By Boak Wiesner
Lots of skeins of geese flying overhead – sometimes at three different levels simultaneously – remind me of what Aldo Leopold said about spring, that while one swallow may not the summer make, a skein of geese cleaving the March sky is the spring. Several species could be seen and heard and this may be the easiest way to tell them apart for us stuck here on the ground. Snow and blue, white-fronted, and lots of Canada geese, of course. Some male common mergansers were mixed in, so all white that they’re unmistakable. Geese are parading around the lawns and paths in pairs like couples at the prom. As the unseasonably warm temperatures hit in the next few days, things will really “heat up”. An interloper trying to horn in a one gander’s goose may set off some loud “trash talk”.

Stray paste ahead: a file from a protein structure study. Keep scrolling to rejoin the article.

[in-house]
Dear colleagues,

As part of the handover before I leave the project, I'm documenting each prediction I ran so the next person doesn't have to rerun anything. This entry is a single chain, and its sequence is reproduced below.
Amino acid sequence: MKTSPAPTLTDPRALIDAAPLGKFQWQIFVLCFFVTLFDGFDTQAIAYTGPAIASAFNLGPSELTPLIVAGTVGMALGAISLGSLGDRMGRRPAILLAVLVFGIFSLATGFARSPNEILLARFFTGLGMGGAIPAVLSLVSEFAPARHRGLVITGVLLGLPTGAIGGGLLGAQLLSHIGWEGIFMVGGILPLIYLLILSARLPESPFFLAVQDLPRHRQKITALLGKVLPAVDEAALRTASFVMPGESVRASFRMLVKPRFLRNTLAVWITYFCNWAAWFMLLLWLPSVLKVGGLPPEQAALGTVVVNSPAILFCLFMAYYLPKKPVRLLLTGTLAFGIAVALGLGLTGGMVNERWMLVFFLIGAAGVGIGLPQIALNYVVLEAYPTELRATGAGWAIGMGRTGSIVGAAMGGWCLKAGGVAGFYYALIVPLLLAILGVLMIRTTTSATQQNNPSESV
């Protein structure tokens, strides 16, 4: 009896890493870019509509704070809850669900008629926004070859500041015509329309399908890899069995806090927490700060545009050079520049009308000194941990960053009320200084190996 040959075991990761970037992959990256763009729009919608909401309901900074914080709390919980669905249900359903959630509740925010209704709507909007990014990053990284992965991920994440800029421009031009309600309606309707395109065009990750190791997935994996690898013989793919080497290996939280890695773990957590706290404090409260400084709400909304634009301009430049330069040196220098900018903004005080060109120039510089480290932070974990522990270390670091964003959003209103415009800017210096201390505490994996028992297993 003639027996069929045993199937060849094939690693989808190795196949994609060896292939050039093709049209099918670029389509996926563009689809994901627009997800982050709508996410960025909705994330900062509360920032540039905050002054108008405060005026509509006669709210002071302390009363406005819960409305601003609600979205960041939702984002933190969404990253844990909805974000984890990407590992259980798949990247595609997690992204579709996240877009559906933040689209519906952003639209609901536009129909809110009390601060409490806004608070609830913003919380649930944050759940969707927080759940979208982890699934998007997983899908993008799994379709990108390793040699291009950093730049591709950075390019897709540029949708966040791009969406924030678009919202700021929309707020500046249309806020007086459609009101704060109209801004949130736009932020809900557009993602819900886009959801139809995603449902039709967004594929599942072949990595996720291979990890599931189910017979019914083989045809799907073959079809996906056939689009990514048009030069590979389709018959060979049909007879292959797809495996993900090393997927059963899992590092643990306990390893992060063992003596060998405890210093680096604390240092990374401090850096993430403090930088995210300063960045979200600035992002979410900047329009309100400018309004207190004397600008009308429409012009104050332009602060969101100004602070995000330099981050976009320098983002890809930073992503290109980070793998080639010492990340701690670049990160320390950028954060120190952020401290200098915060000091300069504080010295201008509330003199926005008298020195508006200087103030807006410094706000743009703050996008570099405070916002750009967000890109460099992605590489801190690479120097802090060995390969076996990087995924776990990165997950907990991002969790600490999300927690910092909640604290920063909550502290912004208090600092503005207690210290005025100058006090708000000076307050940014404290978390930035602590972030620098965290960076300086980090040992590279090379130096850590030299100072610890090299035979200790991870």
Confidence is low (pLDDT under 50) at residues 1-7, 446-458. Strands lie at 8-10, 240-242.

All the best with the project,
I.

You must have seen the big full moon out during your evening strolls the last few days. Seeing it reminded me of the words of that other great American naturalist, Dean Martin, surprise! “When the moon’s in the sky like a big pizza pie – that’s amore!” And amore it is, all around us! Red-winged blackbird males have arrived and have started staking out their home territories with squabbles along the boundaries going on constantly. Robins are back, feasting on the remnants of last year’s fruits that might still be hanging on trees.
Chipmunks have awakened from their sleep, which was not so long this time around, what with the late fall and very early spring happening. The fact that they “scurry” around in the leaf litter is how I teach my students the name of their family Sciuridae: “scurry in a day”. All that rustling gives away their location to any passing raptor. In the evenings owls can be heard hooting. They may already have babies hatched already so the rodents moving around could end up as din-din for hungry owlets.
In the wildflower garden area, I watched this squirrel carry load after load of dead oak leaves up his tree and into his hole in preparation for the birth of the young. I’m guessing it was Mr. Squirrel, as the young likely were under the care of their mother.
Boak Wiesner is a Minnesota Naturalist volunteer.